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The Critical Role of Oil and Gas During COVID-19

As the novel coronavirus outbreak continues to ravage the United States, the nation’s oil and gas industry is caught in a tough position. Squabbling on an international level is prompting some oil producers to consider a slow-down in oil and gas extraction, even as it becomes apparent that a thriving oil and gas industry is crucial to the rehabilitation of the country.

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Colorado Advocates Pushing for More Renewable Natural Gas

It seems that, in 2020, the entire nation has finally gotten down to the business of fighting climate change. Climate activists, legislators, and oil and gas industry professionals are all tackling climate change with their own ideas. More often than not, those efforts are focused on increasing the range of solar and wind power as well as finding more efficient ways to extract oil and gas. 

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Oil and Gas Not to Blame for Colorado’s Drone Swarms

On December 26, Coloradan Jennifer Rollins captured a minute of footage of a drone as it hovered above her home for around half an hour. A few days later, another Coloradan captured similar footage.

Throughout December, residents in northeastern Colorado and parts of Nebraska began to report similar drone sightings in the skies at night. The enigmatic machines are larger than average, with an estimated wingspan of six feet. Several citizens have reported not individual drones hovering in the skies, but entire swarms of drones flying in perfect formation. In one case, the flock numbered as many as seventeen. Sightings have only picked up frequency in the weeks since rural Coloradans began to call authorities, but authorities remain stumped.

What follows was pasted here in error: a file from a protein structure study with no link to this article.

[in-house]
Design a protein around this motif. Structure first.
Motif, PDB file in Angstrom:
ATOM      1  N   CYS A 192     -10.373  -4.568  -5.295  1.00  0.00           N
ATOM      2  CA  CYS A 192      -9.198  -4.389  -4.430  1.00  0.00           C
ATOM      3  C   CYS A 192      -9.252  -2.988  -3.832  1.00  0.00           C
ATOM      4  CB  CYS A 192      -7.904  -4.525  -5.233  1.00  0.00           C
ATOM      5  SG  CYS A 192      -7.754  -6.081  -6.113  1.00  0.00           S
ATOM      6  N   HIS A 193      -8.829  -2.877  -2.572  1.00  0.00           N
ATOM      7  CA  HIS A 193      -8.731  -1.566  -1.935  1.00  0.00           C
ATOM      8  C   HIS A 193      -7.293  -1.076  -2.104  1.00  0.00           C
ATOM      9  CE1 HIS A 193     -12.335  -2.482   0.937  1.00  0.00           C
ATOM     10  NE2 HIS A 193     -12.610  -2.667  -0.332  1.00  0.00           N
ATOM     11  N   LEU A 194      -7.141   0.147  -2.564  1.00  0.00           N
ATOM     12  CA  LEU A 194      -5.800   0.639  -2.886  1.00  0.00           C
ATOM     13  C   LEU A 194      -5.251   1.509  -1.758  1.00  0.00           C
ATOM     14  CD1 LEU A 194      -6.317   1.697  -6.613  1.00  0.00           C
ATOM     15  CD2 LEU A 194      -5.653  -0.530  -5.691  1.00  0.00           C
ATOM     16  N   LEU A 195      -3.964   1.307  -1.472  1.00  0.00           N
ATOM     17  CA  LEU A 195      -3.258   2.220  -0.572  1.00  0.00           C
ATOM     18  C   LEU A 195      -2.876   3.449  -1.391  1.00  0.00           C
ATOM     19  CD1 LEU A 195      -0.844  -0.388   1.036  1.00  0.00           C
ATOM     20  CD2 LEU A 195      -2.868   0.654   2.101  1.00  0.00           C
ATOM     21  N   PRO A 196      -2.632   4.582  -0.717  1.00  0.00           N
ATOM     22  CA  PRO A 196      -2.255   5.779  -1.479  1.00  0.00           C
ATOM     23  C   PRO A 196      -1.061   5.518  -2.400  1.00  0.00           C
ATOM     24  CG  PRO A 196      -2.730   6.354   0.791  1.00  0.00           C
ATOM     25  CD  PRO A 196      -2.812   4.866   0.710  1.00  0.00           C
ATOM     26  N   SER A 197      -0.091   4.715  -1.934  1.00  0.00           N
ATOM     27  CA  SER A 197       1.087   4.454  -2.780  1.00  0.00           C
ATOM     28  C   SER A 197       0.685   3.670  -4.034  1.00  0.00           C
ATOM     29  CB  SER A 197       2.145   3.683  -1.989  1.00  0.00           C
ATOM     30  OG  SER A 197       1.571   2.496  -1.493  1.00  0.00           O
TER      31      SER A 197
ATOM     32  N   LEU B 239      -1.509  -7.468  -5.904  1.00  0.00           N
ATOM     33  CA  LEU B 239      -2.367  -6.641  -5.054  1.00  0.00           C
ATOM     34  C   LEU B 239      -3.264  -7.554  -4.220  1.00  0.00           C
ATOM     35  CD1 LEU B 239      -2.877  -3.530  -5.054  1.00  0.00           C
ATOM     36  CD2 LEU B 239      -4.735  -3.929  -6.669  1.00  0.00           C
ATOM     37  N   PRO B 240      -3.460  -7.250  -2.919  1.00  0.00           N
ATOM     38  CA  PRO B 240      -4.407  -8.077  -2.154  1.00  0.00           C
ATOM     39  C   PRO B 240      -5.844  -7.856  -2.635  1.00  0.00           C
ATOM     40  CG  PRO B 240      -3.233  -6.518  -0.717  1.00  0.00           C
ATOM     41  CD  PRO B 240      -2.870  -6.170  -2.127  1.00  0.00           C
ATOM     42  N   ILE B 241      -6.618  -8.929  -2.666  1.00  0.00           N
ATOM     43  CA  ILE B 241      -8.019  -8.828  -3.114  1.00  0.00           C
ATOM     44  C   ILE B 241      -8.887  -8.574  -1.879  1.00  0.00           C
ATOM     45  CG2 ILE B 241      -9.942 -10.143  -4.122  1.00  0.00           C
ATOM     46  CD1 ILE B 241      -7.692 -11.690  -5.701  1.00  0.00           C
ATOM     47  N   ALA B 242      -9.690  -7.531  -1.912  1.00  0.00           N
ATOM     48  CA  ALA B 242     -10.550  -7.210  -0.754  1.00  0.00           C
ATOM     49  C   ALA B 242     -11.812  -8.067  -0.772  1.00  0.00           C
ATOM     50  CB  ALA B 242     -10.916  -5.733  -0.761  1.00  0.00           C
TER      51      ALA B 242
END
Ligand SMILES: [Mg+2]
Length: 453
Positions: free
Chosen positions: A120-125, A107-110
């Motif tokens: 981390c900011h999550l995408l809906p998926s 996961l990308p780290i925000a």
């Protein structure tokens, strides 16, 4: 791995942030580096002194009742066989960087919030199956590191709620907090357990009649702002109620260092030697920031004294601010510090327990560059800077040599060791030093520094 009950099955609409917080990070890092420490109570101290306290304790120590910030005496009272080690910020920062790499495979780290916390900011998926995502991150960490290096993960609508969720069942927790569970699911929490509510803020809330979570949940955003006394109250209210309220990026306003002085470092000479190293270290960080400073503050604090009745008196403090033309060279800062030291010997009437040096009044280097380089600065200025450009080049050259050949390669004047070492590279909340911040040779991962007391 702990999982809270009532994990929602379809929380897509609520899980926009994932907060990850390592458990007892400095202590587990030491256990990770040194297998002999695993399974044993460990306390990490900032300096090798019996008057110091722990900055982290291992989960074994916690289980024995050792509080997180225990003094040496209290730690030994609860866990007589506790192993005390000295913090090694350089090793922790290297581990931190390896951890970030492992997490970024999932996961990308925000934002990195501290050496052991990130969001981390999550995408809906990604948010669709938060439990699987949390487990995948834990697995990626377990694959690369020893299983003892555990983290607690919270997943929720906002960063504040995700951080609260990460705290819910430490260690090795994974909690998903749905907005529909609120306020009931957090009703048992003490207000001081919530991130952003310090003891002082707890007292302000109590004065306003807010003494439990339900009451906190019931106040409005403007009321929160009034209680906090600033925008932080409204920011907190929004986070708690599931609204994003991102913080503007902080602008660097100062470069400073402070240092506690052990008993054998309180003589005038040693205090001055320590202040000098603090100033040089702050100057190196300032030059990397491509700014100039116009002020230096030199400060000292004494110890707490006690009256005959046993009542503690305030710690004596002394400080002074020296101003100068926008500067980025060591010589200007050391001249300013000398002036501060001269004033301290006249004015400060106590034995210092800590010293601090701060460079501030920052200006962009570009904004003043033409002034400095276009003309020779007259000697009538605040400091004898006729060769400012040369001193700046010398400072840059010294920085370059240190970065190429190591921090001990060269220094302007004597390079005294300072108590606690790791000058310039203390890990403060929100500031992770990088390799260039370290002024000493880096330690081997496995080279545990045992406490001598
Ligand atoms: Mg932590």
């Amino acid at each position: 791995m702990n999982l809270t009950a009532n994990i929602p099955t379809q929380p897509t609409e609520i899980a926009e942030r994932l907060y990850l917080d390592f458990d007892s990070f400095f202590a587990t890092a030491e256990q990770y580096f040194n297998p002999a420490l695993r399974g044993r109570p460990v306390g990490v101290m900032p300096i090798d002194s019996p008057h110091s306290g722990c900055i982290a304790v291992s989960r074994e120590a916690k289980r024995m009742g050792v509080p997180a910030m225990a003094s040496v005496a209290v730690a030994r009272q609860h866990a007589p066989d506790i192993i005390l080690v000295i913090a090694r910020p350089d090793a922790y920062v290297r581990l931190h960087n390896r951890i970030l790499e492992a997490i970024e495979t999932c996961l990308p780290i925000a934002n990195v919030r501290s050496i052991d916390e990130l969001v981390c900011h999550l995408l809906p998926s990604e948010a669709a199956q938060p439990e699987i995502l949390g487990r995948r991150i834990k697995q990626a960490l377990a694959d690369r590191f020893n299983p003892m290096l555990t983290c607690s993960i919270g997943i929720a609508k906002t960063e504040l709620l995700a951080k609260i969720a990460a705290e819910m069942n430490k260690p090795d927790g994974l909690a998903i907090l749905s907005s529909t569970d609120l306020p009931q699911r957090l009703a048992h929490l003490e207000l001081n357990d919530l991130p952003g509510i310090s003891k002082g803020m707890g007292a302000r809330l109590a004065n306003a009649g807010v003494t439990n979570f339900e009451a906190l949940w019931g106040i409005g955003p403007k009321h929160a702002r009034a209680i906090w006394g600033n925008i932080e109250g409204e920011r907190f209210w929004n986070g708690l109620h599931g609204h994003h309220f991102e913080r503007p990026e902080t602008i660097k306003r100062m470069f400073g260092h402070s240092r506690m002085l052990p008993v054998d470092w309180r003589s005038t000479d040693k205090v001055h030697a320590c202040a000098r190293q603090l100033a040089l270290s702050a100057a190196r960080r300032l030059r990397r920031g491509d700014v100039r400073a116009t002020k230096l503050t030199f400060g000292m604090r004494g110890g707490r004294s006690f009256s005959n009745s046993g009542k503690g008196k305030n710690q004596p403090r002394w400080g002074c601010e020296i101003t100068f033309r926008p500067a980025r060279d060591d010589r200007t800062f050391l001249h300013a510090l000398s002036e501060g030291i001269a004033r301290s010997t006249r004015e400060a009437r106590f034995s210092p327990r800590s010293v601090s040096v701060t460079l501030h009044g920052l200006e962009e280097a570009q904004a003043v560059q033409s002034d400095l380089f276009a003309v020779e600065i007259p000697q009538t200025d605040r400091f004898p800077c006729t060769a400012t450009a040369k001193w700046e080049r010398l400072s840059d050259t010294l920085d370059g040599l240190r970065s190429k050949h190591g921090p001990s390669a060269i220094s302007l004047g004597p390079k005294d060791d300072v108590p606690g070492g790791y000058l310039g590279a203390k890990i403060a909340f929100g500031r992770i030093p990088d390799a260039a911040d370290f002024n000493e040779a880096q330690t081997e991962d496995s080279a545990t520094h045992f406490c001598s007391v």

The lack of information has given rise to several conspiracy theories about the origin of the drones, chief among them the (incorrect) belief that the oil and gas industry is behind the mystery.

The Colorado Boogeyman

It would seem that the venom being aimed at the Colorado oil and gas industry isn’t restricted to the courtroom. Perhaps that explains why one of the most popular conspiracy theories used to define the drones is that an oil and gas company is using them for a secretive mapping project.

Here’s one tweet from a nervous Coloradan.

Of course, there’s no proof (or reason) for the oil and gas industry to be behind the mysterious drone appearances. In fact, as much as the niche group of anti-energy advocates would love some proof of oil’s part in the mystery, there is none.

Colorado Oil and Gas Association spokesperson Jake Taylor soundly dismissed the possibility that oil and gas had a guiding hand in the phenomenon. The New York Times also poked a hole in the “survey theory” with one logical question: if they’re looking at the land, why are the drones only appearing at night? Wouldn’t it make more sense for them to do their fly-bys during the day?

Anxiety in Eastern Colorado

To date, even a federal investigation has not yielded results. The mystery of Colorado’s drones remains unsolved. Efforts to uncover the culprit are about to step up, however. On Thursday, Colorado governor Jared Polis pledged to begin his own investigation.

Until then, residents of eastern Colorado will have to turn their cameras to the sky in the hopes of unraveling the mystery.